- Introduce a primetime weekly TV show where people discuss children’s books with wit and humour while armed with large bags of Tangfastics. I will happily go on that show. Tangfastics fuel a tremendous urge for dialogue within me, plus a desire to climb trees and surf down Firgrove Hill on an ironing board. Haribo might like to sponsor this show.
- Talking of ironing boards, let’s encourage people to act out famous scenes from children’s books like Alex Rider’s ironing board stunt in Point Blanc and post them up on social media with links to bookshops. (I am happy to volunteer. Price, one box of Tangfastics.)
- Have a different celebrity a month commit to carrying a children’s book with them wherever they go, so children can see a book as an awesome accessory considerably less painful than a belly ring.
- Ensure that national newspapers dedicate a quarter of their book review space to children’s books, as an accurate reflection of the 1 in 4 books sold today being children’s titles. (Thank you, outgoing Laureate Julia Donaldson for raising this.)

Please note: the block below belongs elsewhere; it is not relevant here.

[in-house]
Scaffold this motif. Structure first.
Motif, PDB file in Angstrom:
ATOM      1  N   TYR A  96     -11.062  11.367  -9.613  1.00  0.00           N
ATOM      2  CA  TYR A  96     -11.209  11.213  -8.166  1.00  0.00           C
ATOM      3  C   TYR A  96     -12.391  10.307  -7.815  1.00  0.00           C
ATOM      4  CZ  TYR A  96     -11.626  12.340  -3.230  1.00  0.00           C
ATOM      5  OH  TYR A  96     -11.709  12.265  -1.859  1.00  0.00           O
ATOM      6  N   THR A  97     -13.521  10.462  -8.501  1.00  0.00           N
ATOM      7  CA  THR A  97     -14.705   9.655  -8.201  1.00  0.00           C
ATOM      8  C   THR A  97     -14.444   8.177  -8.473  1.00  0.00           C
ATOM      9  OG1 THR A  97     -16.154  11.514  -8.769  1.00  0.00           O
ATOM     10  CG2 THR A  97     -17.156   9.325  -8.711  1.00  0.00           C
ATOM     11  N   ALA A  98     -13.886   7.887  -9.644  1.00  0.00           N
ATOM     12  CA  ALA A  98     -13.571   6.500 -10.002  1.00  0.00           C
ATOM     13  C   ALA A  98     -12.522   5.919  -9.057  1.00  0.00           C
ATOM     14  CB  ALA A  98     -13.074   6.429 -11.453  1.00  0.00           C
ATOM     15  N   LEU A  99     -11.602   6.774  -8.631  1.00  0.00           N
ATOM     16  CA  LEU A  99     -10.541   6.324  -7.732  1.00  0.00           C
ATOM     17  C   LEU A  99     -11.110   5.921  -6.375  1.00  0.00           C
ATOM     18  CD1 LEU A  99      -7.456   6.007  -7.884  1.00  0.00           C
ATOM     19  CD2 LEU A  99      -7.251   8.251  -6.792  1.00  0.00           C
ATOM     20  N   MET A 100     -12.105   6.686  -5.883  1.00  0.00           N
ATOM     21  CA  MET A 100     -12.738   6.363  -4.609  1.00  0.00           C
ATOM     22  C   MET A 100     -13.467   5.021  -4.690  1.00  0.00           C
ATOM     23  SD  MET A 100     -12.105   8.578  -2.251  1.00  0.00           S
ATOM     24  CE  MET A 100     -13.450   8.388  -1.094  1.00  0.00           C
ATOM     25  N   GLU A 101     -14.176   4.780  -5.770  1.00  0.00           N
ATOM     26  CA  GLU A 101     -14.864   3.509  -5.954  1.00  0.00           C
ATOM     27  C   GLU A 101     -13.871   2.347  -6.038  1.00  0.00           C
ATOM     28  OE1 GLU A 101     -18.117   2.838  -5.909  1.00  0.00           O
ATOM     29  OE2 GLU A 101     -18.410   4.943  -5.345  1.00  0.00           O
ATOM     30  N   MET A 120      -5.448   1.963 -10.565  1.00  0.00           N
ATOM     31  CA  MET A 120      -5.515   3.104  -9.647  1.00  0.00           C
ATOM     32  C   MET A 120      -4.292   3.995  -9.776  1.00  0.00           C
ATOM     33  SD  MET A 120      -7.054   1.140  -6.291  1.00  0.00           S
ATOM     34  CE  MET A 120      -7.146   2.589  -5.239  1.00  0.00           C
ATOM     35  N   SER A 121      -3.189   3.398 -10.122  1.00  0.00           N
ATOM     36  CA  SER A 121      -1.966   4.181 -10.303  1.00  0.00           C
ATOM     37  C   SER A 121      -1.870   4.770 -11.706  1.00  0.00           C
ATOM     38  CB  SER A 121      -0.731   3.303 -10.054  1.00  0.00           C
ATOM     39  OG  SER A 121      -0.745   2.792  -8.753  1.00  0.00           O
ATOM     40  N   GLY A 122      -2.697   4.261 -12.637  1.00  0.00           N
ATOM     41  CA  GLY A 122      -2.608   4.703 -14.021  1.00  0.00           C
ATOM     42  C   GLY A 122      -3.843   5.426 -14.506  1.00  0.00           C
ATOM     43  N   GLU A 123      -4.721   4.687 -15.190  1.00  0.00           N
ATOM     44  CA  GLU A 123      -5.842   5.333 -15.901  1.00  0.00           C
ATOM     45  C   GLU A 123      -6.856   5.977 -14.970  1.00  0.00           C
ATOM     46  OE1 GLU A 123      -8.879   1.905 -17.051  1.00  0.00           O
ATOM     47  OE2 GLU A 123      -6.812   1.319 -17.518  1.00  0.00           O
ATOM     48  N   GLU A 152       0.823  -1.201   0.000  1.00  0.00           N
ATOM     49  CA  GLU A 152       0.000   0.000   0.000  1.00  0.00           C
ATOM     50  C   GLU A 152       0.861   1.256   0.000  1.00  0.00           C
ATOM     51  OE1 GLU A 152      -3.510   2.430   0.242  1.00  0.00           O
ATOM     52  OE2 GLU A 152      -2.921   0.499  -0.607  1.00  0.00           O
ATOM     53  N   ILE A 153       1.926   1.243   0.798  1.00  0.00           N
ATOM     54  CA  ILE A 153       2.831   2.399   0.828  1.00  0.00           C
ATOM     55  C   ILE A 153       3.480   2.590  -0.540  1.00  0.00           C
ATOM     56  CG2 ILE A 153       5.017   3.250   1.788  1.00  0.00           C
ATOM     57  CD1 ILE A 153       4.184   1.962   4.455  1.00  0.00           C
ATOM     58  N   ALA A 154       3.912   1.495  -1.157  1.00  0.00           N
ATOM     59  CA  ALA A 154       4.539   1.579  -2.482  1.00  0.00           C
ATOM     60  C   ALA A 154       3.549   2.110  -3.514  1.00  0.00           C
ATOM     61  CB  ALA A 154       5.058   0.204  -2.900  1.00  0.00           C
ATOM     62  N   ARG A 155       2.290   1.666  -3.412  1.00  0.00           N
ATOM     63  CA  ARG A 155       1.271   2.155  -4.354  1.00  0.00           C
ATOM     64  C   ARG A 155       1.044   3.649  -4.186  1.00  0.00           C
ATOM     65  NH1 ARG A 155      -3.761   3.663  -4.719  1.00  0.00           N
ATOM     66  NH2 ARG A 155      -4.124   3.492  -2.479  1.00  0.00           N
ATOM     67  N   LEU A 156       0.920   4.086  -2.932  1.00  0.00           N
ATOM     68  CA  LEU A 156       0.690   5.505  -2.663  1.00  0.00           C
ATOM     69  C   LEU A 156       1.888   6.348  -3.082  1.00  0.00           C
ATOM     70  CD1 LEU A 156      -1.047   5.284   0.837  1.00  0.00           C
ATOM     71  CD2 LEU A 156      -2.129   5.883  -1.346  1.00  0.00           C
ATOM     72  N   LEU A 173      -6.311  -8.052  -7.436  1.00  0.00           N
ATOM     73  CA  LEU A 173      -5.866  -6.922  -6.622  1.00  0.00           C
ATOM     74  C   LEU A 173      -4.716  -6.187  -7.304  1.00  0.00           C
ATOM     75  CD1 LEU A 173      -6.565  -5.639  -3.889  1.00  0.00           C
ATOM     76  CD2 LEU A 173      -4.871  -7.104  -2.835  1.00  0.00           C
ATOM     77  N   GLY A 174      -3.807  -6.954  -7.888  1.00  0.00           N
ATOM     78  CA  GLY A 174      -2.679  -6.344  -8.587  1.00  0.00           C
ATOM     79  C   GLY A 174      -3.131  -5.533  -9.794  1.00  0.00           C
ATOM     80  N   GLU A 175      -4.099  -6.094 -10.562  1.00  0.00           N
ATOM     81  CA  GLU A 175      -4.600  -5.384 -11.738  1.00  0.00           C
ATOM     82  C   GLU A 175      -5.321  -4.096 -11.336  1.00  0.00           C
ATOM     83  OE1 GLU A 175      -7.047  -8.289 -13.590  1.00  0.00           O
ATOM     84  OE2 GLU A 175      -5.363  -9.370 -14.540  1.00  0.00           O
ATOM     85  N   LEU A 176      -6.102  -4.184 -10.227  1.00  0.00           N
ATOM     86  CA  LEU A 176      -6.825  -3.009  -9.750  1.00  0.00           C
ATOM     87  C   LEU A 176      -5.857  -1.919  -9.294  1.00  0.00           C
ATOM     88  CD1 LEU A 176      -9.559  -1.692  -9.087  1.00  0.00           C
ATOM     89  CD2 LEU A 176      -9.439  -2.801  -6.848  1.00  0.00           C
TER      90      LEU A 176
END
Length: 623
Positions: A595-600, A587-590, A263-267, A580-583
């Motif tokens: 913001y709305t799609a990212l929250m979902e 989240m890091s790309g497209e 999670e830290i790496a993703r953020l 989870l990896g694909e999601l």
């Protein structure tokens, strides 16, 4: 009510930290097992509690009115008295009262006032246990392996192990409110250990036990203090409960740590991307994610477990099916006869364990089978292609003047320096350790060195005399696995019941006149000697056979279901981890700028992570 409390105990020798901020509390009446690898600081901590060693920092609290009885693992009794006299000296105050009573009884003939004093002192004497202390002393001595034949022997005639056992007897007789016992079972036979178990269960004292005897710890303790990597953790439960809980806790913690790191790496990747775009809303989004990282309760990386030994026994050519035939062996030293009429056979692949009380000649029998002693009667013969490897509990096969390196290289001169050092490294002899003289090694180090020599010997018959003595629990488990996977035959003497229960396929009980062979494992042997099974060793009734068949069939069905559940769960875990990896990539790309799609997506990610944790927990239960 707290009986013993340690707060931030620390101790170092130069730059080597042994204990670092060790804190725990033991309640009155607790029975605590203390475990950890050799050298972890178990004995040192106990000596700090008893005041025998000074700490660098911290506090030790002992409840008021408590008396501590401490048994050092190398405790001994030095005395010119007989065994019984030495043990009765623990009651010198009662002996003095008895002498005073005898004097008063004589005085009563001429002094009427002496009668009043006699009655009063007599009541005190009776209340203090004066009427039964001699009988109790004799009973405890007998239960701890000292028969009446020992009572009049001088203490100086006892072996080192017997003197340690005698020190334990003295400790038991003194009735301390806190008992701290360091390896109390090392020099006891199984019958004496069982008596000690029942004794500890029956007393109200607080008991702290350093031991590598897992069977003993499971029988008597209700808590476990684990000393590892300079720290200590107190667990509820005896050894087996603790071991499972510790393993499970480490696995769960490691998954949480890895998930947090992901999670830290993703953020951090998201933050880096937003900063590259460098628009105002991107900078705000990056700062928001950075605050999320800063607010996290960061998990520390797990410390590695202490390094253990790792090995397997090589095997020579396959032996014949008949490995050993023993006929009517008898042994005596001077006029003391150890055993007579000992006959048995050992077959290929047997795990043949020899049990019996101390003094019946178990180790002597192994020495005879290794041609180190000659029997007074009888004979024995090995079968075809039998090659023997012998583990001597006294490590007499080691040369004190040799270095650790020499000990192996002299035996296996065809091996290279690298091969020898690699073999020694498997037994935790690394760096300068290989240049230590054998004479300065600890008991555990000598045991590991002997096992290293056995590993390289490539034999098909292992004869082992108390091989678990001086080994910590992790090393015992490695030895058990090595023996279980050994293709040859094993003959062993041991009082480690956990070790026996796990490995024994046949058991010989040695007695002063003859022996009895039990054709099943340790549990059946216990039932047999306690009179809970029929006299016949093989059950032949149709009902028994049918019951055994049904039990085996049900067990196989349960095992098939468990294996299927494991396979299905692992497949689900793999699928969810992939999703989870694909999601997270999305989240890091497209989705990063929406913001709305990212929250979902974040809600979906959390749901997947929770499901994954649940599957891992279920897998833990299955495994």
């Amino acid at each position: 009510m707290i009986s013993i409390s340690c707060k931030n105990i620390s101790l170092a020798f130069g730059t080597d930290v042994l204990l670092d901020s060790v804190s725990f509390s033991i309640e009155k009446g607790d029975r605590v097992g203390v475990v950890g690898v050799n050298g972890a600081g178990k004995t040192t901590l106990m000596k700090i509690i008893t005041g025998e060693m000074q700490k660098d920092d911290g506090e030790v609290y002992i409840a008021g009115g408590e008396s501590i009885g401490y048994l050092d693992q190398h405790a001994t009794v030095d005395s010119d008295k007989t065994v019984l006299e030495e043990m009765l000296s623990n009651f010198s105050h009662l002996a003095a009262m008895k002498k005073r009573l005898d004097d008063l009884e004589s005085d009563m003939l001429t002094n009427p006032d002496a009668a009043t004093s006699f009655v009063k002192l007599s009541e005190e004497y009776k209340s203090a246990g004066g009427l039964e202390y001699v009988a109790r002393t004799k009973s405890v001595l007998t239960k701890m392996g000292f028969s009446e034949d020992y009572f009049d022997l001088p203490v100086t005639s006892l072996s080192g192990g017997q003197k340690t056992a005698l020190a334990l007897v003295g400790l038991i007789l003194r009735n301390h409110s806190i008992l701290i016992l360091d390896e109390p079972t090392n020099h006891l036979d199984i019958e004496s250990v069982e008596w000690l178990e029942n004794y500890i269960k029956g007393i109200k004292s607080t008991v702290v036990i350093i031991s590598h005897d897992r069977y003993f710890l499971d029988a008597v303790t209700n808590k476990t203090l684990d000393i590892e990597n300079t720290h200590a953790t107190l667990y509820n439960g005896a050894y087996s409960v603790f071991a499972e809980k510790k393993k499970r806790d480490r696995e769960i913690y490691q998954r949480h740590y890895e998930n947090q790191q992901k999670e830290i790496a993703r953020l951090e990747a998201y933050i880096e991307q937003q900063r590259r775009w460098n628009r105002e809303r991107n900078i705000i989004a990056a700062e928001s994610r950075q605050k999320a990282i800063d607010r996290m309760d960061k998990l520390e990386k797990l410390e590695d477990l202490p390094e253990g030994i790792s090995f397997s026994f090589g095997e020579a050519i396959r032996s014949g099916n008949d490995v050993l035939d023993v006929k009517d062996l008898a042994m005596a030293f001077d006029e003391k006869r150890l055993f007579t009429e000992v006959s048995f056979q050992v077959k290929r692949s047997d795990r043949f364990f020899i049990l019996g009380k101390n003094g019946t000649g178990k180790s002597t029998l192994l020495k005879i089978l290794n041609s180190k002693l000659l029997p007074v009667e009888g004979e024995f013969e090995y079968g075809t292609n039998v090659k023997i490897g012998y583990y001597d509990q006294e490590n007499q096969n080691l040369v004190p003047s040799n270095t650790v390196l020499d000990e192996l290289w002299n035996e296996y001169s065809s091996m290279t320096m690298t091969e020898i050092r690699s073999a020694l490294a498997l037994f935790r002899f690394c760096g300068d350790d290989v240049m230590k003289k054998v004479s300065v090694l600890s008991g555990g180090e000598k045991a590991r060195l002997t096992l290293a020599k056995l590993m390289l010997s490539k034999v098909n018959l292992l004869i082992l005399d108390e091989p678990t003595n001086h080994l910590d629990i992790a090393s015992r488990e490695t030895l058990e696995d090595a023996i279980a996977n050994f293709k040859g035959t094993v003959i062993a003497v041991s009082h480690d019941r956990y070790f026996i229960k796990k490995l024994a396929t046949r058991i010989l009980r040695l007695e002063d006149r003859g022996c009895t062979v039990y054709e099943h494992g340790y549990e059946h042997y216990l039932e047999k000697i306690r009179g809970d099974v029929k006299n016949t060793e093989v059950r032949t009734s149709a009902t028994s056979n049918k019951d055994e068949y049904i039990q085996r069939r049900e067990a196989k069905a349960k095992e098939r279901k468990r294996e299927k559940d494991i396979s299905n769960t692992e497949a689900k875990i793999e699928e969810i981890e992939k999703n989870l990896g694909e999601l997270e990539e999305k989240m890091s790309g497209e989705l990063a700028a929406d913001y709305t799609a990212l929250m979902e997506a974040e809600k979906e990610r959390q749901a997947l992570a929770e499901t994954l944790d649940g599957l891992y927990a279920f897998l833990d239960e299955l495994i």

- Start a guerrilla library movement. Set up libraries in unlikely places. Overnight. WITH NO WARNING. Make them mysterious, not municipal.
- Encourage adults to hold children’s book clubs. Not children’s book-clubs, but CHILDREN’S-BOOK CLUBS. Instead of talking endlessly about Fifty Shades of Boring, grown-ups can read and discuss, for example, funny cancer, the perils of floating, parallel worlds and the role of dragons in society. They can then make informed choices for their children, passing on those books which have caused genuine tears / laughter / bladder-control issues instead of blind-buying titles they have vaguely heard of or maybe read themselves in Upper Fourth in 1953.
- Enshrine library lessons in schools.
- Make sure every primary school child has a library card.
What? The library card one’s already in hand? Hot damn, I knew she was a good choice.